I did presume that the halos may come from JPEG pipeline in camera, but I did presume that you would compare either unsharpened raw or optimally processed raw for both.

Whatever the problem I wouldn't call that Nikon image sharp.

Best regards
Erik

Which is what the respective users of these cameras use in practice. Besides, the 14-24 is better than most equivalent primes.


Focus was done using live view and is spot at the centre of the picture. Interestingly, the H3D AF is as accurate as live view, the camera is really well calibrated. The halos you noted are from Nikon's internal jpeg processing and the slight unsharpness at some places come from the slightly wavy shape of the 14-24 locus of focus. This is normal for small format wide-angle lenses, BTW, and I don't have a prime lens which is better than the 14-24.

There are more sample pictures on my flickr account, taken at different isos or in raw mode here. I intend to add a few others taken outside in sunlight in the next days as well.

Please also consider that the H3D-31 is a 7 years old camera. Today, Hasselblad sells cameras with 60 mpix, about double the pixel count (and up to 200 mpix with multishot).
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ErikKaffehr

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Re: DIGITAL Medium Format photography is almost as moribund???
« Reply #105 on: March 04, 2013, 03:36:14 pm »

Hi Keith,

I'm just saying that image is not sharp.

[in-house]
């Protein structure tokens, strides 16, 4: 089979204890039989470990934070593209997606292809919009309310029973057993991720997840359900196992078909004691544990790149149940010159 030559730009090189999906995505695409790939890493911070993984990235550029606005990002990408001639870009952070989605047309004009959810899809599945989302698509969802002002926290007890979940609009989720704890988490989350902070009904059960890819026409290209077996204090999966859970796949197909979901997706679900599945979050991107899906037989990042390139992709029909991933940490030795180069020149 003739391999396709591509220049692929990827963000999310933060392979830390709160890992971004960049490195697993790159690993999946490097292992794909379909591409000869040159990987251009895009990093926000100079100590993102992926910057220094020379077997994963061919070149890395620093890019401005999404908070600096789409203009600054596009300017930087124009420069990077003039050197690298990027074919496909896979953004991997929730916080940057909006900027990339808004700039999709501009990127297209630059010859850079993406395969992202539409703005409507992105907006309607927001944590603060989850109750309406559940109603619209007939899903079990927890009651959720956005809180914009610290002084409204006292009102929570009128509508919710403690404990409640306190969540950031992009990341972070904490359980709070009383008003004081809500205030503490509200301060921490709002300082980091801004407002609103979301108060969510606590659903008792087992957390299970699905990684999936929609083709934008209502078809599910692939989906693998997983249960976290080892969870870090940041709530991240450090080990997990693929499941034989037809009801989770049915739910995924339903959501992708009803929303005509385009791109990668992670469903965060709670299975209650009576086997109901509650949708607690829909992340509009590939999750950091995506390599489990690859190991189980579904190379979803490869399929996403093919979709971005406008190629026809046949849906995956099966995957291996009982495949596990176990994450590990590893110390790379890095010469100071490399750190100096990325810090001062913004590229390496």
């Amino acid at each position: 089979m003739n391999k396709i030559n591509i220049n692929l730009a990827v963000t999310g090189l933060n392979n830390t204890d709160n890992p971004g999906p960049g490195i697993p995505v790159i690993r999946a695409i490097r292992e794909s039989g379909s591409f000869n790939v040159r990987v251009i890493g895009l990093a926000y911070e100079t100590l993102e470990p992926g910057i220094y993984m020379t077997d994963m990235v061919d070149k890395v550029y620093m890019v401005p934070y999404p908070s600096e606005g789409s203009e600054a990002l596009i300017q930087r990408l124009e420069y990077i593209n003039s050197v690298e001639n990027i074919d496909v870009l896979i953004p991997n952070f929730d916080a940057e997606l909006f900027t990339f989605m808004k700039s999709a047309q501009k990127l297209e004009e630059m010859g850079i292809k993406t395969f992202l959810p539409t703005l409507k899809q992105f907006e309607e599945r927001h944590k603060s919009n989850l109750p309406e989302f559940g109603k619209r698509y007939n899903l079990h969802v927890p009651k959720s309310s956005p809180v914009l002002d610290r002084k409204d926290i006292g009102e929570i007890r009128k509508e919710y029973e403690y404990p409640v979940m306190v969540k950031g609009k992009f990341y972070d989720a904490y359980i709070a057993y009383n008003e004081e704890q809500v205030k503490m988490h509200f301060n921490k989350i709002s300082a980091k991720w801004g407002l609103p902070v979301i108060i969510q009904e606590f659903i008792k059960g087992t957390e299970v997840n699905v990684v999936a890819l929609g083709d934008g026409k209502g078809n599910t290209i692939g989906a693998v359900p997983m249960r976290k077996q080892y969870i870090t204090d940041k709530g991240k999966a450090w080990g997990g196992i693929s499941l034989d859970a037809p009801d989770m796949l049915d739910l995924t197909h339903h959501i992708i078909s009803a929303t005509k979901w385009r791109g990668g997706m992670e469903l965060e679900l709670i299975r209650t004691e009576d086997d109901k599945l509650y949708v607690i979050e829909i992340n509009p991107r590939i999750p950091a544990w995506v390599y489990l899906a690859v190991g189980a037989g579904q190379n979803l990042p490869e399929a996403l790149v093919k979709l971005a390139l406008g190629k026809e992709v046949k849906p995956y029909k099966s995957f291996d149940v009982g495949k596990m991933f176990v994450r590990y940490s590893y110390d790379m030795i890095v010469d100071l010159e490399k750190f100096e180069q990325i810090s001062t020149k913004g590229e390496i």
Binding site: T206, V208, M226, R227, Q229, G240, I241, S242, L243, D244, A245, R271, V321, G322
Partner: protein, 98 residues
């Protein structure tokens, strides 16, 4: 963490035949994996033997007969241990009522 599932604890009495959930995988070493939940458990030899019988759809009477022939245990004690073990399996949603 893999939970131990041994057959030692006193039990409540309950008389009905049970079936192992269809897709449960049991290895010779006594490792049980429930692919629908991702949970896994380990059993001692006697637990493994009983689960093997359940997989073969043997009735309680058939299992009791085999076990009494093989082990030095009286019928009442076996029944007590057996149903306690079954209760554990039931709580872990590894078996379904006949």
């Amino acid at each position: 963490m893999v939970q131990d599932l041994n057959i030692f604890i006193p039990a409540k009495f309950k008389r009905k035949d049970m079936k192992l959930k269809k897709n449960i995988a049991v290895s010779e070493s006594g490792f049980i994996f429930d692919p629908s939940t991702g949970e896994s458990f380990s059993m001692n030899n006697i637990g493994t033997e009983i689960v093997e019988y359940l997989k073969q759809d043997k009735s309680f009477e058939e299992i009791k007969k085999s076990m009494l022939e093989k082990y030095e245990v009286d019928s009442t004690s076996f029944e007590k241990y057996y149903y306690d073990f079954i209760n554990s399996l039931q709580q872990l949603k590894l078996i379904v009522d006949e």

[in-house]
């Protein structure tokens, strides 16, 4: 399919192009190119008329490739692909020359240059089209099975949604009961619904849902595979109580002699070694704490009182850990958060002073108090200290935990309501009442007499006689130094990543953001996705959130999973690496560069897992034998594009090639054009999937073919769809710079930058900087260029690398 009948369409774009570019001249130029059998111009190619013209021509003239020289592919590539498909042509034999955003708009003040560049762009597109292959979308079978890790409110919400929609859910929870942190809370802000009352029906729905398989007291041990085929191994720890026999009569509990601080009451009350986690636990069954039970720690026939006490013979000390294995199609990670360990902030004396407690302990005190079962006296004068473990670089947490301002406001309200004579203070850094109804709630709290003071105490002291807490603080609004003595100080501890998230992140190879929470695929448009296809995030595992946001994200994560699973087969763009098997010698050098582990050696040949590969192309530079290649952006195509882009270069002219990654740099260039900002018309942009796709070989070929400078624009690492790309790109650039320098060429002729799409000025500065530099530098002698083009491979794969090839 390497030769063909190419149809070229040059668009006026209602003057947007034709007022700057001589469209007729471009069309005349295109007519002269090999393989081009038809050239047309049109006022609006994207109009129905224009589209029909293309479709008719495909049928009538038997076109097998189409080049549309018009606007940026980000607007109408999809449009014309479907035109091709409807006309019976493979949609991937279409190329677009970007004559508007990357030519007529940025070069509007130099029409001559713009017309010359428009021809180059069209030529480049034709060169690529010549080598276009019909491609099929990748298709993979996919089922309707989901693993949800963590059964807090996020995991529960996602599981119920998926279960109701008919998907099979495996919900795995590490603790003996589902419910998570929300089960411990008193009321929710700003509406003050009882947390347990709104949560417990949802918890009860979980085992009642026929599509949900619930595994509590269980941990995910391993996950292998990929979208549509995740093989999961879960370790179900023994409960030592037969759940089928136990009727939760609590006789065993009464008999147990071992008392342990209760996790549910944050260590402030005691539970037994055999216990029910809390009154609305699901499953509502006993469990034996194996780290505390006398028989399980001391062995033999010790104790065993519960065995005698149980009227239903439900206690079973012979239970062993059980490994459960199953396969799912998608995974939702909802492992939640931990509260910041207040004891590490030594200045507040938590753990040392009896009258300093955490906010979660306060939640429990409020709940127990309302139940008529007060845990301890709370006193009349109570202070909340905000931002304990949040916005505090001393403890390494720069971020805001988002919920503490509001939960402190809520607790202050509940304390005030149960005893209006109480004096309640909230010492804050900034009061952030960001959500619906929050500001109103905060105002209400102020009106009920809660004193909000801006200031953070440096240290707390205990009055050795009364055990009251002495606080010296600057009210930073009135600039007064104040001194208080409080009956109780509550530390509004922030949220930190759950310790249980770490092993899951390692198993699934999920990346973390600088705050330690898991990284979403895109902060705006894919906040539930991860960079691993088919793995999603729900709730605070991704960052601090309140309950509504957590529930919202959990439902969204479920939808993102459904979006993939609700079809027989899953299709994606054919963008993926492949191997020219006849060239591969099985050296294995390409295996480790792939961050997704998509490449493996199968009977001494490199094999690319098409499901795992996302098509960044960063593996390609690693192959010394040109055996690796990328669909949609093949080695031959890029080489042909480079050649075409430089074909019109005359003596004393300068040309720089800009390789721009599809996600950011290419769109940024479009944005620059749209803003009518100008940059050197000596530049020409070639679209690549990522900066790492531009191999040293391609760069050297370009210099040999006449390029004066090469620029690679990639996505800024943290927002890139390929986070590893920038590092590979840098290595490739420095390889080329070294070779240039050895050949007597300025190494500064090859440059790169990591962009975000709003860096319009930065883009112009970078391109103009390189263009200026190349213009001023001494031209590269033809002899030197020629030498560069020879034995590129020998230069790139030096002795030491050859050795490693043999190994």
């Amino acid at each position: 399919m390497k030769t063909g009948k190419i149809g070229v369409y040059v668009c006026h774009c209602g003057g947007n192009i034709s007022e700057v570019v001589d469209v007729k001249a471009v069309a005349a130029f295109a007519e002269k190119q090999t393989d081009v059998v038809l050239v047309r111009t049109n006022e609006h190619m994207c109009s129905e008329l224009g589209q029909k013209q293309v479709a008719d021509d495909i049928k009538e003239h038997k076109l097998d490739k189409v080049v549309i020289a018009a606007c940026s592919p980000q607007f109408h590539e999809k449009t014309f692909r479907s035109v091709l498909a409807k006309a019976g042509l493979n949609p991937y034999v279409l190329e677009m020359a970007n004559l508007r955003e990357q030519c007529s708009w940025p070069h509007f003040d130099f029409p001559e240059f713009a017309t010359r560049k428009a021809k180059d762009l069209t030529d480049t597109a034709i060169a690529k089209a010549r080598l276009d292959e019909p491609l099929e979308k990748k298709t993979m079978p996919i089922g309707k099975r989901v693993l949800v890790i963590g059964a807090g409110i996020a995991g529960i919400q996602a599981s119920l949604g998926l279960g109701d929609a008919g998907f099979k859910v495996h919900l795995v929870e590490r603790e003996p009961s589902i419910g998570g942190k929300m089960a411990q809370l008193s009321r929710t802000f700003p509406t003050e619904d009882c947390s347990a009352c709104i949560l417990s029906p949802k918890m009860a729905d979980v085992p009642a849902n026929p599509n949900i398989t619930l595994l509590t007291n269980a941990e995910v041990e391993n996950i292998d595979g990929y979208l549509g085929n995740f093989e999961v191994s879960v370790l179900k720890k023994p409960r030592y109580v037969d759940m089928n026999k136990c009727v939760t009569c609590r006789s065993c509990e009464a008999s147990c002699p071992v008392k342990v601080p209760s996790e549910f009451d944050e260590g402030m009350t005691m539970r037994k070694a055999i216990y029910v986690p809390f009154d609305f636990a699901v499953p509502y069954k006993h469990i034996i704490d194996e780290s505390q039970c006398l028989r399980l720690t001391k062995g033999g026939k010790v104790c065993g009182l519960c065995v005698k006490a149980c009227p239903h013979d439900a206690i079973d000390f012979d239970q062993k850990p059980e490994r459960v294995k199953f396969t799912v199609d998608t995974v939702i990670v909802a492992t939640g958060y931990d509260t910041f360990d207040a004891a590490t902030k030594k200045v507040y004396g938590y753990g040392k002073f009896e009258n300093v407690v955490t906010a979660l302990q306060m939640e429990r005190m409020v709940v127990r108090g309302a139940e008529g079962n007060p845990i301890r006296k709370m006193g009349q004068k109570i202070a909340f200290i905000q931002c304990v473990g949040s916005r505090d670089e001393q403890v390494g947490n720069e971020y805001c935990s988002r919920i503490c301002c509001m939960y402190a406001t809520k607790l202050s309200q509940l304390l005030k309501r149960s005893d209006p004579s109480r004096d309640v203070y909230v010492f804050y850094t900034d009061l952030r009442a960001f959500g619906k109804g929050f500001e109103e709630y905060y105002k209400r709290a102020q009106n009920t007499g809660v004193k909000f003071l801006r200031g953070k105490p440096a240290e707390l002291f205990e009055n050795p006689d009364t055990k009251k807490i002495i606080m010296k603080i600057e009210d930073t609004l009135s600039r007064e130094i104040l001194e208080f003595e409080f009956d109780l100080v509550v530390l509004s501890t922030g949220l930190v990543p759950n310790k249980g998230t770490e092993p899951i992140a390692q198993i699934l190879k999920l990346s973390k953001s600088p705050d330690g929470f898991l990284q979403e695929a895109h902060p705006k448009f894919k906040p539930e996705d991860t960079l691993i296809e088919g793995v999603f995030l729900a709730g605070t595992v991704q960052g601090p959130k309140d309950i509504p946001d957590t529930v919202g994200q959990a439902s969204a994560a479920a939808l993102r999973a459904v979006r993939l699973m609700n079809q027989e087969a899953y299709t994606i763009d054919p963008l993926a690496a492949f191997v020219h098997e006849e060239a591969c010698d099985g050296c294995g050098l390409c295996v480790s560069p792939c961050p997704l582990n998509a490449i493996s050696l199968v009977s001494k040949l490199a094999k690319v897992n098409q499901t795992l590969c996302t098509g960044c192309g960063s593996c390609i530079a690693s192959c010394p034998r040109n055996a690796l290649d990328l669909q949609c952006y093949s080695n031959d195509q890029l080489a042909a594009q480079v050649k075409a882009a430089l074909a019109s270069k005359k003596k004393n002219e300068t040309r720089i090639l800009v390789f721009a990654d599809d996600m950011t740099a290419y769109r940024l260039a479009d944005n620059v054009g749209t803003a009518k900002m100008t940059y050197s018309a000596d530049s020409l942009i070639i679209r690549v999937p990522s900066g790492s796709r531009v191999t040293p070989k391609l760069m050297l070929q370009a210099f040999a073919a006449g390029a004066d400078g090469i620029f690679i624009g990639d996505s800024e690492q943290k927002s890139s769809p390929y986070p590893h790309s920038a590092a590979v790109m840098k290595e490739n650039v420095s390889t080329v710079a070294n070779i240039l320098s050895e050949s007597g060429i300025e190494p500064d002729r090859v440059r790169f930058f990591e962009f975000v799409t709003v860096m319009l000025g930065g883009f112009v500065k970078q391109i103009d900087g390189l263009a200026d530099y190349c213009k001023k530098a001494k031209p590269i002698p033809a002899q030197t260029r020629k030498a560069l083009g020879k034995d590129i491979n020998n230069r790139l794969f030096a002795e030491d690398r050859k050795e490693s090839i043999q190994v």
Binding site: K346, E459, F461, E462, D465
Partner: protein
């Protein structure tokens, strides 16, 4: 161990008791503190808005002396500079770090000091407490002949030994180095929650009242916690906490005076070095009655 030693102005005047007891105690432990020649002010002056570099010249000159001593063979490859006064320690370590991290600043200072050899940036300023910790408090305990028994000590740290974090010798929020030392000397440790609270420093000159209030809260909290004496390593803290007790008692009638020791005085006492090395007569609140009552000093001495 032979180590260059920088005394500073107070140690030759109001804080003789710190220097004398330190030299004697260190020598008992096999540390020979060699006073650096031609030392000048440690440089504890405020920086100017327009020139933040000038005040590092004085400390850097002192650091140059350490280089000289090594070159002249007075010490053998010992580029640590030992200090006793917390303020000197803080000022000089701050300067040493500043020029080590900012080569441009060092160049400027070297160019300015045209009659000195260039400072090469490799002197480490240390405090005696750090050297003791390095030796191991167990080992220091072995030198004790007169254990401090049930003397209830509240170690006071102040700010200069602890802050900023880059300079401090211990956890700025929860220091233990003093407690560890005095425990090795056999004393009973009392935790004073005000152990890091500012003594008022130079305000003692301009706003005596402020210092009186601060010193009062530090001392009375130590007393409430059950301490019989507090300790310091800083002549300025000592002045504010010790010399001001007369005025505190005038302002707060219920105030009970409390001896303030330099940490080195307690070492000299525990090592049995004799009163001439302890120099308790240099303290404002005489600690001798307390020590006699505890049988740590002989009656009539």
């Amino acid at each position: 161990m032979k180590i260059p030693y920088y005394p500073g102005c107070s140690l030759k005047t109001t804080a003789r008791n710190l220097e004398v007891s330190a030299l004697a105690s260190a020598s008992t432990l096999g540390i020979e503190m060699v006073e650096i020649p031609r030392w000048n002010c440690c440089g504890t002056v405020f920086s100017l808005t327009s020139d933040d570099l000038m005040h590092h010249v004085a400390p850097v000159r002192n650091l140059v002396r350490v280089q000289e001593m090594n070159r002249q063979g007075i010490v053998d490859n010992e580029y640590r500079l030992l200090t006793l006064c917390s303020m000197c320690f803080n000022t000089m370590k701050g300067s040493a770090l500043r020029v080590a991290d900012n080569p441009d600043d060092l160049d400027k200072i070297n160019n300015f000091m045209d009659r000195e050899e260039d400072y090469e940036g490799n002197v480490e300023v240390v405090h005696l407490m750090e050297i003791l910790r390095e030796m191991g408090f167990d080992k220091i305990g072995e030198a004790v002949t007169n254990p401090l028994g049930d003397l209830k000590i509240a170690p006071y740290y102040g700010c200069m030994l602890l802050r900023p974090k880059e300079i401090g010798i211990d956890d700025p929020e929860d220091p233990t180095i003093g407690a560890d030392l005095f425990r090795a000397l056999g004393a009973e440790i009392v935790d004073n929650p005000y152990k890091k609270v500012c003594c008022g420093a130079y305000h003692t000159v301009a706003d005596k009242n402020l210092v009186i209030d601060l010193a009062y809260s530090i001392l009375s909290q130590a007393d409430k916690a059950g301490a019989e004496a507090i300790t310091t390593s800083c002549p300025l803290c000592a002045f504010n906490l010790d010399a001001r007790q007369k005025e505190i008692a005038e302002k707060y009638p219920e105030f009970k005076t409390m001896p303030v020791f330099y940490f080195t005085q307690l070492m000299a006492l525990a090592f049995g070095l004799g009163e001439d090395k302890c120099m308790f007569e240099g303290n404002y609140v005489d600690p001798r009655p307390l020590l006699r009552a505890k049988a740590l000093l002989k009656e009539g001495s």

Best regards
Erik

Erik, to be sure you need to conduct your own test.
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TMARK

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Re: DIGITAL Medium Format photography is almost as moribund???
« Reply #106 on: March 04, 2013, 04:09:23 pm »

Some observations:

1.    These debates are pointless.  The D800 is awesome.  So is the H5D.  So is Leaf and Phase. So is Pentax.

2.    Telling someone that their opinion doesn't matter because they "can't afford it" is shitty and alienating, and is in fact not true.  Anyone can get credit, at least in the states.  

3.    Endlessly bashing a format is tiresome.

4.    The arguments about color and tonality are misleading, mostly.  Almost all digital devices need some color grading in post.  The only digi cameras I've used that nail color out of the box are the Arri Alexxa, Aptus 75, and Fuji X100, S3, S5.  Its mainly a matter of how much time you need to spend on a file.

5.    Arguments about sharpness are lame.  Its mastabatory.  There are very few digital cams made that are not good enough for print publication.

6.    The most important thing you can do to improve your photography is to take pictures and think about what you are doing, think about how lenses look and how focal length affects the subject.  Wheather you do that with a Hy6 and an 80mpx back or a 5D is unimportant.

 


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ErikKaffehr

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Re: DIGITAL Medium Format photography is almost as moribund???